The boatman looks at the horizon of the still sea. The previous nights' thunderstorm has made the water cloudy. The same colour as a dugong and therefore it is difficult to see the animal. The professor says that "The fishermen have the capacity to see things that we have no clue about". He describes how the sea gypsies swim like fish, that they can see clearly underwater and they can follow the movements of groups of fish from above the surface by watching birds, water reflections and other signals. For thousands of years they have lived beside the sea since they were little.

The professor stayed on the beach this time, but his daughter Anita, who has a doctorate in law from an Australian university, has changed from a life in business to a quiet life on Libong Island. "According to an old belief, if you see a dugong it brings you luck and a big change in your life," Anita says, "One believes that dugongs have magical capabilities as you can produce an aphrodisiac from their tears."

While waiting for the dugongs to appear, Anita tells the story of an unhappy Swedish journalist whose fiancé had just left him before their wedding, and the man was tired with his job as a travel writer. Two months after he had seen dugongs, Anita received an email from him. The man had moved to a new city and started a new job with a history magazine. He was also engaged.

 

"Over there," the boatman shouts, and points to a place 200 yards away where there are bumps rising from the sea. A number of animals have just raised their heads from the sea to breathe. Just behind their heads are their fins. Anita says, "I have never seen anything like this before; they are swimming with dolphins. You are really lucky today." We get into the canoes and paddle closer. One of the animals puts its nose towards the sea floor and lifts a beautiful mermaid-like tail into the air.

The dugongs do not let us close to them which can be a good thing. If you see them from very close it could be a disappointment - rather than mermaids, these animals are more reminiscent of a Finnish man after two weeks of continuous drinking. They have a drinker's puffy face, small human-like eyes, and scruffy stubble. Dugongs are related to elephants, and the beauty of these animals is in the way they move under the surface of the sea like mermaids.

On the way back Anita tells the story of a British couple who had arrived to watch dugongs soon after the death of the husband's mother. The mother had been a keen animal lover and she had a picture of dugong in her flat. She had suddenly died and they did not have a chance to say goodbye to her. One of the dugongs swam right under the kayak of the couple. When they finished their kayaking they were in tears. They felt that his mother had come to say goodbye to them in the form of a dugong.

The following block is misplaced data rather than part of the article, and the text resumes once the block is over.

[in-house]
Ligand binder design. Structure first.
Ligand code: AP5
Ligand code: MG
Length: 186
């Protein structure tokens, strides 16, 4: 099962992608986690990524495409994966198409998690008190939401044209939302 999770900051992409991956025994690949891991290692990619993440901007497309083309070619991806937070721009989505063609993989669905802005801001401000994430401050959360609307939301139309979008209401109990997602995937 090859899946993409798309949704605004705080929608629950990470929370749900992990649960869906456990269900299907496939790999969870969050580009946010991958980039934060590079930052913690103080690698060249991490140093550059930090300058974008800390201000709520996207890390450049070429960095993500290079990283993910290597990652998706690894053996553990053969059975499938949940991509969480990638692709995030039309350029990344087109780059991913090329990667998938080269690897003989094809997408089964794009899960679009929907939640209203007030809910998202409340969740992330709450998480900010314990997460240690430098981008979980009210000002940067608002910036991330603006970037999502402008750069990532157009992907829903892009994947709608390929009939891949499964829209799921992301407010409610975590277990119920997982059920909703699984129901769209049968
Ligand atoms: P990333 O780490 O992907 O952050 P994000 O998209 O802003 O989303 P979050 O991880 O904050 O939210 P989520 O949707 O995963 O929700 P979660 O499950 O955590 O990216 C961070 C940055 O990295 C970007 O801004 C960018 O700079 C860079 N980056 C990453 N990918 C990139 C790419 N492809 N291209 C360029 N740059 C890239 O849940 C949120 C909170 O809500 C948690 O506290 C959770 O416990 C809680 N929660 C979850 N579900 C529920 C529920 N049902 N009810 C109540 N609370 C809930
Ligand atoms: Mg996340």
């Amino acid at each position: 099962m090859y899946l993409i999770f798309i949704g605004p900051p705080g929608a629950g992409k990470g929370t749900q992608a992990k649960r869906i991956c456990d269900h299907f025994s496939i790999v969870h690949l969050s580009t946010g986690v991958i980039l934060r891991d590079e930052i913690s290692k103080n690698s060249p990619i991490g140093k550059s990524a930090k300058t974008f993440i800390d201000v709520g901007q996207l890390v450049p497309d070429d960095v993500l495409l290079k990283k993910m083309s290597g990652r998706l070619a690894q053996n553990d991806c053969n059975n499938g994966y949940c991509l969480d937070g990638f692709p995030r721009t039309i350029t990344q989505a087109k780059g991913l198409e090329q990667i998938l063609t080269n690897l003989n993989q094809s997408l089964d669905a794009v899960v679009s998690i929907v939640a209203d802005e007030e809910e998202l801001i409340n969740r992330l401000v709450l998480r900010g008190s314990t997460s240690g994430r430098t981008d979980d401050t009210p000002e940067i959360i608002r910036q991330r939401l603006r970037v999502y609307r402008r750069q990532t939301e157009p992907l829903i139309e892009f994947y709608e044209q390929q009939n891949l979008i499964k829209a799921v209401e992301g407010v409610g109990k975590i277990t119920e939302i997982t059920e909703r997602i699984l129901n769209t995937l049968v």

A Heart in the Right Place

On the last night I am again sitting on an empty beach listening to the sound of the waves mixed with the sound of karaoke singing. Earlier sea gypsies lived on boats and moved freely around SE Asia from Burma to the Philippines. They were collecting everything that nature had to offer from the sea and the rainforests. Later on, border guards and passports checks were established and the sea gypsies had to settle down. Now it is difficult to tell the difference between a village of sea gypsies and the ordinary fishing villages of southern Thailand. The sea gypsies are still very comfortable on water, but old traditions are slowly dying. Thai people have considered sea gypsies as second class citizens and this attitude has transferred to the sea gypsies themselves. Since no-one has been interested in their traditions, they have themselves started to doubt their own value. The boatman says that he does not do any of the old rituals any more when he is going fishing because his parents never taught them to him. He says that "His parents did not think they were important. I know that the daily catch does not depend on praying, but on natural conditions, stars and luck."

I asked the professor whether he is sad about the disappearance of an ancient culture. He said that the sea gypsies have the right to live the present time and to destroy their way of being and their health if they want to. The professor then quotes a poem of a Lebanese Kahlil Gibran, "Your children are not your children, they are the children of the future. Parents are the bow and children are the arrow. You cannot keep them for ever. You have to let them go and they will land wherever their destiny takes them." The professor continues, "The sea gypsies will have to choose their own destiny."

I am running sand through my fingers. I know I will miss Libong. It is a nice place, as are the original inhabitants, dugongs and the village of the sea gypsies. At the same time the island is large and a little scruffy but nevertheless it has its heart in the right place.

In the end, what will happen to the island of Libong and its mermaids, and the remaining paradise islands of Thailand is not dependent on the Laurence family. It depends on the holiday makers and whether they are ready to invest in ecological travel - to pay a little bit more for minimal facilities. For example a luke-warm shower of rainwater, no air conditioning or that the lights are turned off early in the evening. But there is no doubt that it is beneficial if people choose the ecological option. When the boat is pulled up on the beach the next day, Anita runs to the beach to say goodbye by saying, "Do not forget to tell us how your life changed after the encounter with the dugongs". Soon after I saw the mermaids I decided to propose to my wife.